Craig: And Eric keeps emphasizing every week he thinks we will soon, whatever soon means, weeks, months, be headed back to a gold-silver ratio that's a little closer to historical averages as well. That might kind of change the dynamic on that silver, too.
Bob: Yeah, and Eric says 15 to 1, and, you know, I was reading a report the other day by a man named Louis James, who I have a lot of confidence in. And it was interesting because he looked at inflation numbers as Shadowstats reports them, which is a great website. You know, he says inflation's been running 6%, 7%, 8%. If you actually factor in gold prices and silver prices back to 1971, with the inflation numbers that he's used, I mean, he says that silver has actually averaged $200 an ounce, right? I know it doesn't make a lot of sense. It sounds like I'm just making those numbers up, but it's because of the inflation has been understated for so very long. And I do a report called "The Gold Digger," and I actually put that chart in "The Gold Digger," and it was quite something to see. You kind of gotta sit down when you look at it and see, if we use real inflation numbers what gold and silver has averaged over the years.
Craig: Well, let's hope we head that direction. I think that'd make a lot of our regular listeners happy. And I would say a lot of our regular listeners are very happy with the admirable job of pinch-hitting you've done. Bob, I think, stepping up to the plate when called upon, and putting the ball in play and even over the wall is a hard thing to do, and I think you've done it this morning. So thank you very much.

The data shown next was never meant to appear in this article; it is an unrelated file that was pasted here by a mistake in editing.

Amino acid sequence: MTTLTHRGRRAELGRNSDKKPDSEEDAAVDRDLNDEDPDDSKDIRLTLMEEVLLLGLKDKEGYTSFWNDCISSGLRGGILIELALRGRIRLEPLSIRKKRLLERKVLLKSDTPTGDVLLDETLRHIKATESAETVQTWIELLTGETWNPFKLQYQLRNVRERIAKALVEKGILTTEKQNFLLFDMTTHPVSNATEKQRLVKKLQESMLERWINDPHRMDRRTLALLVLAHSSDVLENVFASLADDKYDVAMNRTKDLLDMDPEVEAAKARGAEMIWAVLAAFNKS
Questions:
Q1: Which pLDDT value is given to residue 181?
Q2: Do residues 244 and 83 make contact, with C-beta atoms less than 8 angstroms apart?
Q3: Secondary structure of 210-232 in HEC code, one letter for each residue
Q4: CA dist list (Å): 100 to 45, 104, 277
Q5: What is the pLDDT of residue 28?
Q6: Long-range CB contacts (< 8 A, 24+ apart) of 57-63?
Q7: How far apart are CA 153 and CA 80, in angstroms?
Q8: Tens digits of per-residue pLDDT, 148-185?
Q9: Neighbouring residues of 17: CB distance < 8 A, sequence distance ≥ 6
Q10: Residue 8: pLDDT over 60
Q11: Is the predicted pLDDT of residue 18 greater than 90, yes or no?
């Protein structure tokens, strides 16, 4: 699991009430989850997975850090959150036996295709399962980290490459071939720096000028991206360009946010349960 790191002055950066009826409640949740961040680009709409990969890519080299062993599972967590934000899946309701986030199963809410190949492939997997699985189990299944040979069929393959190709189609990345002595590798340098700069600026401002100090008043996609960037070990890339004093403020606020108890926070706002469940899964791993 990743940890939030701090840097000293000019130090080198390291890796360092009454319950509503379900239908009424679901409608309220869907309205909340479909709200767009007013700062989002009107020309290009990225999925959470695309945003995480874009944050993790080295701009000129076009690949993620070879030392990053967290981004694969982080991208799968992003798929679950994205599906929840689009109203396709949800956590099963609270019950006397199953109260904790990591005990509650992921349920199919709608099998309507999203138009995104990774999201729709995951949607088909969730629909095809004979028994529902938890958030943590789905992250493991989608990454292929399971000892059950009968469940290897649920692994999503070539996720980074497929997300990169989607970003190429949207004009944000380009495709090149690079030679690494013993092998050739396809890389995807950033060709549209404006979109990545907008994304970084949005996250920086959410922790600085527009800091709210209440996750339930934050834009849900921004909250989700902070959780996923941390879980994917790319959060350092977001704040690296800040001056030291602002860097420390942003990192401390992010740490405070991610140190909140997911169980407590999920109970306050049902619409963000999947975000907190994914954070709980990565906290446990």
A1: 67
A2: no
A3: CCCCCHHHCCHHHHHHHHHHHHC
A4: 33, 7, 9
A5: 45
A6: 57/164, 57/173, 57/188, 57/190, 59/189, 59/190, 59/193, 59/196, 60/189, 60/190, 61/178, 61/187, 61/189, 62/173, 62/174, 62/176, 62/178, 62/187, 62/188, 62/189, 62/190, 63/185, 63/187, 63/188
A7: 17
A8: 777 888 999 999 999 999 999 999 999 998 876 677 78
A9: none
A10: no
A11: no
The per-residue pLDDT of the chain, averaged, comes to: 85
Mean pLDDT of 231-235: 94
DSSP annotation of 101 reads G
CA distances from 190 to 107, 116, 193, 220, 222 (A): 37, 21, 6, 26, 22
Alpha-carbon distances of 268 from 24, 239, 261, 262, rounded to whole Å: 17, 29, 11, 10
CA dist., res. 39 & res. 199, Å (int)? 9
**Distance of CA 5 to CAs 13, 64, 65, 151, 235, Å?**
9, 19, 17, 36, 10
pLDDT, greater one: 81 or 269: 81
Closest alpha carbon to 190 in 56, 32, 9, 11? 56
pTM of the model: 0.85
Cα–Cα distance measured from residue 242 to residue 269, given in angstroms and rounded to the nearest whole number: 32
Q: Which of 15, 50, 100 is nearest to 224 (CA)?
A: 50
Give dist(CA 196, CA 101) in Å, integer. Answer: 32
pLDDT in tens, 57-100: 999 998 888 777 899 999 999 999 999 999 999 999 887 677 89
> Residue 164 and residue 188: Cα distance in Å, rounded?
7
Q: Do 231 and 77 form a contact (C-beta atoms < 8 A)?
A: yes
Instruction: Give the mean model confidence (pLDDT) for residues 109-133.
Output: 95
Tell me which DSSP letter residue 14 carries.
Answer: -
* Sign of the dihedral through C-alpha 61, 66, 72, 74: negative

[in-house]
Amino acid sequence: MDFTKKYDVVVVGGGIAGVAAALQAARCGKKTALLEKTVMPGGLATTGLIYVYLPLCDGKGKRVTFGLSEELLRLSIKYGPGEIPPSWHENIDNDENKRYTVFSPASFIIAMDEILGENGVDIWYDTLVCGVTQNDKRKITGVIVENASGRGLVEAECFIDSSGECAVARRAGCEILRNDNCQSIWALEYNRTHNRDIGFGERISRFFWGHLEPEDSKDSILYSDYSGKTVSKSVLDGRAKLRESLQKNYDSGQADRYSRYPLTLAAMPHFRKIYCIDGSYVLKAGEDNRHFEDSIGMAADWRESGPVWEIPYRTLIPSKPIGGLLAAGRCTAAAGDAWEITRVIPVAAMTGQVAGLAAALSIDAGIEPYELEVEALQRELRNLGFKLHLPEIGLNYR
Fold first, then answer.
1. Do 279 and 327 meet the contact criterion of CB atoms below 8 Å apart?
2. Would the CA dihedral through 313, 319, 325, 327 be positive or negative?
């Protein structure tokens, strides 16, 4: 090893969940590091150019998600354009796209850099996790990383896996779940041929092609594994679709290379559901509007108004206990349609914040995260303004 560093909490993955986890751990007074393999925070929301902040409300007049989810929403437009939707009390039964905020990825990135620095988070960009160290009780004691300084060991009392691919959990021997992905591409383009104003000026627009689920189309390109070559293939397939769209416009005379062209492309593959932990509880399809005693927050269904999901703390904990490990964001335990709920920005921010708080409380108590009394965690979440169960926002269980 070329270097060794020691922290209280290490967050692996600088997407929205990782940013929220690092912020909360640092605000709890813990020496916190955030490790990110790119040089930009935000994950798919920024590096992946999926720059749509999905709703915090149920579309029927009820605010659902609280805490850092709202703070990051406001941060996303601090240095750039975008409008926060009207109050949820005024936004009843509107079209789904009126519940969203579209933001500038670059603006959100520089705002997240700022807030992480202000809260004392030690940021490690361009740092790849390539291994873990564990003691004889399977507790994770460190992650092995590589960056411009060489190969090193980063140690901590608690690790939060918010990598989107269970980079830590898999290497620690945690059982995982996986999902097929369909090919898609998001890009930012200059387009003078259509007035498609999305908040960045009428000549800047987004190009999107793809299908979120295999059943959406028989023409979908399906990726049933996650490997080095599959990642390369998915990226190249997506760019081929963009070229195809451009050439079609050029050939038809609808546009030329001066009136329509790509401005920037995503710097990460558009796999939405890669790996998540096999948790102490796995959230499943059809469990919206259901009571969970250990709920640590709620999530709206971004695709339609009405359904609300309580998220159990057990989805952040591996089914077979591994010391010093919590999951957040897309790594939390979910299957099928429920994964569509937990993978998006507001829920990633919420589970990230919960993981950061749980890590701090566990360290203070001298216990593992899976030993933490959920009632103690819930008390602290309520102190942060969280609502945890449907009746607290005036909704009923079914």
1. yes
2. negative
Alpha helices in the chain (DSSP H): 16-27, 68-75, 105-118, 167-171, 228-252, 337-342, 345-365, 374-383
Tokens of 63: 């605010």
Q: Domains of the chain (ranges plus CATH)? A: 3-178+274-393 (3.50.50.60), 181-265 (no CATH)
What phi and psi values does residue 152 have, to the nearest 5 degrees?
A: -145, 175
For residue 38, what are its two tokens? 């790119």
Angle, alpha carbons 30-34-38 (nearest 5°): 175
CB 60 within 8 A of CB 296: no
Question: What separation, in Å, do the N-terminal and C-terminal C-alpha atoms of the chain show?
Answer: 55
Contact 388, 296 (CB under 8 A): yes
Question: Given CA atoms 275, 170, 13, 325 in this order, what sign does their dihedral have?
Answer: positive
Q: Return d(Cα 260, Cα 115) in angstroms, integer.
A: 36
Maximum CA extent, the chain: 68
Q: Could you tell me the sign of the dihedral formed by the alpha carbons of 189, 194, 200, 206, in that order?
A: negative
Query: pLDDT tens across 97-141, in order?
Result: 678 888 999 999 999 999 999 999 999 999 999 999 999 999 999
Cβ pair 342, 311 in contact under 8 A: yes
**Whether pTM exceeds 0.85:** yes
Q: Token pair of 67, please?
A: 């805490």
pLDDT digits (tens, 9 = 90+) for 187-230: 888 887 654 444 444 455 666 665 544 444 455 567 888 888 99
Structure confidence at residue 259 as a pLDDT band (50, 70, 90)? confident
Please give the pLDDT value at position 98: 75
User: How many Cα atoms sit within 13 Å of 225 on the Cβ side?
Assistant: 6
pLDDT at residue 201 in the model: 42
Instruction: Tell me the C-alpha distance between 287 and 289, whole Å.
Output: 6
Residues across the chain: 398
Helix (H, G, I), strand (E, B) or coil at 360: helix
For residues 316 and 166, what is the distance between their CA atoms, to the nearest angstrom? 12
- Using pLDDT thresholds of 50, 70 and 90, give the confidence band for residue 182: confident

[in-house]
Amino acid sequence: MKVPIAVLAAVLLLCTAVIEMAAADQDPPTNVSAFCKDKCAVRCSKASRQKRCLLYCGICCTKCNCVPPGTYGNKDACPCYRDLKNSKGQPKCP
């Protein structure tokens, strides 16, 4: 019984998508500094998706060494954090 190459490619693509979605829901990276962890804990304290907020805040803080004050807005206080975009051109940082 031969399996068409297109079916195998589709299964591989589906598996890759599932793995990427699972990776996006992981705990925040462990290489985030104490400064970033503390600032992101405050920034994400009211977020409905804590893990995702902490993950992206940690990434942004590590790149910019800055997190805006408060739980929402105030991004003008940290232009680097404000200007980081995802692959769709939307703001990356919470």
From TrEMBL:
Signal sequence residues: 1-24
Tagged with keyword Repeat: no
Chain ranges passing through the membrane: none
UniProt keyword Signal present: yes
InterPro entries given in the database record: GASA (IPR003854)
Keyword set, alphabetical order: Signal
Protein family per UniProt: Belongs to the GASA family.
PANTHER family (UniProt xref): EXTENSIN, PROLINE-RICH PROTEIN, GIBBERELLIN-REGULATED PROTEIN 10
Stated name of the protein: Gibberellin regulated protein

Bob: Always great to talk to you, Craig. Thanks for having me.
Craig: Great visiting with you, my friend. Again, we've been speaking with Bob Thompson, senior vice president and portfolio manager at Raymond James in Vancouver. Of course, this has been your weekly wrap up. And I just want to remind everybody, these podcasts are available on all sorts of different channels, not just at sprottmoney.com. You can find these on YouTube, SoundCloud, Buzzsprout, Facebook, LinkedIn, Twitter, you name it. And don't forget to subscribe to those channels and hit the like button if you find these podcasts to be insightful and learning, and we try to make them insightful and educational every single week. Again, thanks to Bob Thompson at Raymond James in Vancouver, for joining me this week. Thank you all very much for your time and attention. We'll talk to you again next Friday. And again, please remember to check us out, sprottmoney.com.